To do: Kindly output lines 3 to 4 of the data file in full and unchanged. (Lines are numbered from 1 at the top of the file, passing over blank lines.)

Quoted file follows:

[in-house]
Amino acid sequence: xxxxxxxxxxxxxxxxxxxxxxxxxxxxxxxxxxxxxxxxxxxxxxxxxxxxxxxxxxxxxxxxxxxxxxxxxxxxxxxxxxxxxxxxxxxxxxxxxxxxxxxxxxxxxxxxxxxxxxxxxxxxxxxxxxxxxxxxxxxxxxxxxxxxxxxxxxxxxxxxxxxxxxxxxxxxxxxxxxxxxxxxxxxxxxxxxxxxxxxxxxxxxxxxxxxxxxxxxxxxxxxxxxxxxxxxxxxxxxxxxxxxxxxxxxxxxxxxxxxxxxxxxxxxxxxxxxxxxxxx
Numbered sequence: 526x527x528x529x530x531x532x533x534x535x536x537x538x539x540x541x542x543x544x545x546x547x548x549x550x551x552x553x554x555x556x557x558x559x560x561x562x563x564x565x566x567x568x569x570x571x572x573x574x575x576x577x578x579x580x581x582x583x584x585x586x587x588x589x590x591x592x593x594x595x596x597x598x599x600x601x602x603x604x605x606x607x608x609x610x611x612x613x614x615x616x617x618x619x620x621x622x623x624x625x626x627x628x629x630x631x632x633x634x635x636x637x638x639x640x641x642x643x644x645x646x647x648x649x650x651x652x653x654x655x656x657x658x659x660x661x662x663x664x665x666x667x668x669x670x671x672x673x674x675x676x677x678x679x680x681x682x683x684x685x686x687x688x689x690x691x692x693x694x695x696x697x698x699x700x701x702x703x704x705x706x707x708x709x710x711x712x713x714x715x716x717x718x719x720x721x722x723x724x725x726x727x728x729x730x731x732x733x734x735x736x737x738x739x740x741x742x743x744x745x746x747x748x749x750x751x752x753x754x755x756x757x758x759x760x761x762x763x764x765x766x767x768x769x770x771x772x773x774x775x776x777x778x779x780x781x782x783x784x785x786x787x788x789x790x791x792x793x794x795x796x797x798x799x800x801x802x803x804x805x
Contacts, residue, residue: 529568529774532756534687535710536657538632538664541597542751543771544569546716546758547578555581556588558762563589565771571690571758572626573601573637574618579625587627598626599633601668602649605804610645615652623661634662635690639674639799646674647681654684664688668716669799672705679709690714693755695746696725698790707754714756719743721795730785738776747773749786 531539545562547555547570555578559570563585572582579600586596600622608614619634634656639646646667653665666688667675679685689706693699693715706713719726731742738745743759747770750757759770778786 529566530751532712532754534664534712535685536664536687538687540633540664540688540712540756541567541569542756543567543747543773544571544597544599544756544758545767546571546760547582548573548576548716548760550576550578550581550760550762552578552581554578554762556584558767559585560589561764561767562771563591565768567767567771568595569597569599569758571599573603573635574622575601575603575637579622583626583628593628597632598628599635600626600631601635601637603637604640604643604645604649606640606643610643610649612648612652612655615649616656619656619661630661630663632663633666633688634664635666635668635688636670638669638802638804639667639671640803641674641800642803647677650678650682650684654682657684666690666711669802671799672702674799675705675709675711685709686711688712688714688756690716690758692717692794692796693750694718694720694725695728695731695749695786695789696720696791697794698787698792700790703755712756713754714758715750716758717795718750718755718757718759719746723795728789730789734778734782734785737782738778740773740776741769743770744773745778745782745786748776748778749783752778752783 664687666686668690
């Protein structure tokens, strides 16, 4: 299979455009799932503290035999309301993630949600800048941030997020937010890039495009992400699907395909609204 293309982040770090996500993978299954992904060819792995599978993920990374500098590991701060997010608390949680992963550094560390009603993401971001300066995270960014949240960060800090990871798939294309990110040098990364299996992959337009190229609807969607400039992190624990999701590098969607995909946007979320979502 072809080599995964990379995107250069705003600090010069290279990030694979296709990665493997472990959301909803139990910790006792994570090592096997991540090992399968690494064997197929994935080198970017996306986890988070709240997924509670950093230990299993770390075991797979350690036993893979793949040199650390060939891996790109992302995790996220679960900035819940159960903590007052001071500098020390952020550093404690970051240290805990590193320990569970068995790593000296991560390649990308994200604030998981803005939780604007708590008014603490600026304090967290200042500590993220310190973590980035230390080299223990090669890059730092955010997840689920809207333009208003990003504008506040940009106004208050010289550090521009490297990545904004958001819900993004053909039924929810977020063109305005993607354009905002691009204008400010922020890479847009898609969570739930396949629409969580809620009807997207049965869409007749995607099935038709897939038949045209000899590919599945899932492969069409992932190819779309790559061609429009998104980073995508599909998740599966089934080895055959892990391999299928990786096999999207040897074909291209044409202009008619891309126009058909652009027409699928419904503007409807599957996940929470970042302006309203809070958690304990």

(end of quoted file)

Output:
Numbered sequence: 526x527x528x529x530x531x532x533x534x535x536x537x538x539x540x541x542x543x544x545x546x547x548x549x550x551x552x553x554x555x556x557x558x559x560x561x562x563x564x565x566x567x568x569x570x571x572x573x574x575x576x577x578x579x580x581x582x583x584x585x586x587x588x589x590x591x592x593x594x595x596x597x598x599x600x601x602x603x604x605x606x607x608x609x610x611x612x613x614x615x616x617x618x619x620x621x622x623x624x625x626x627x628x629x630x631x632x633x634x635x636x637x638x639x640x641x642x643x644x645x646x647x648x649x650x651x652x653x654x655x656x657x658x659x660x661x662x663x664x665x666x667x668x669x670x671x672x673x674x675x676x677x678x679x680x681x682x683x684x685x686x687x688x689x690x691x692x693x694x695x696x697x698x699x700x701x702x703x704x705x706x707x708x709x710x711x712x713x714x715x716x717x718x719x720x721x722x723x724x725x726x727x728x729x730x731x732x733x734x735x736x737x738x739x740x741x742x743x744x745x746x747x748x749x750x751x752x753x754x755x756x757x758x759x760x761x762x763x764x765x766x767x768x769x770x771x772x773x774x775x776x777x778x779x780x781x782x783x784x785x786x787x788x789x790x791x792x793x794x795x796x797x798x799x800x801x802x803x804x805x
Contacts, residue, residue: 529568529774532756534687535710536657538632538664541597542751543771544569546716546758547578555581556588558762563589565771571690571758572626573601573637574618579625587627598626599633601668602649605804610645615652623661634662635690639674639799646674647681654684664688668716669799672705679709690714693755695746696725698790707754714756719743721795730785738776747773749786 531539545562547555547570555578559570563585572582579600586596600622608614619634634656639646646667653665666688667675679685689706693699693715706713719726731742738745743759747770750757759770778786 529566530751532712532754534664534712535685536664536687538687540633540664540688540712540756541567541569542756543567543747543773544571544597544599544756544758545767546571546760547582548573548576548716548760550576550578550581550760550762552578552581554578554762556584558767559585560589561764561767562771563591565768567767567771568595569597569599569758571599573603573635574622575601575603575637579622583626583628593628597632598628599635600626600631601635601637603637604640604643604645604649606640606643610643610649612648612652612655615649616656619656619661630661630663632663633666633688634664635666635668635688636670638669638802638804639667639671640803641674641800642803647677650678650682650684654682657684666690666711669802671799672702674799675705675709675711685709686711688712688714688756690716690758692717692794692796693750694718694720694725695728695731695749695786695789696720696791697794698787698792700790703755712756713754714758715750716758717795718750718755718757718759719746723795728789730789734778734782734785737782738778740773740776741769743770744773745778745782745786748776748778749783752778752783 664687666686668690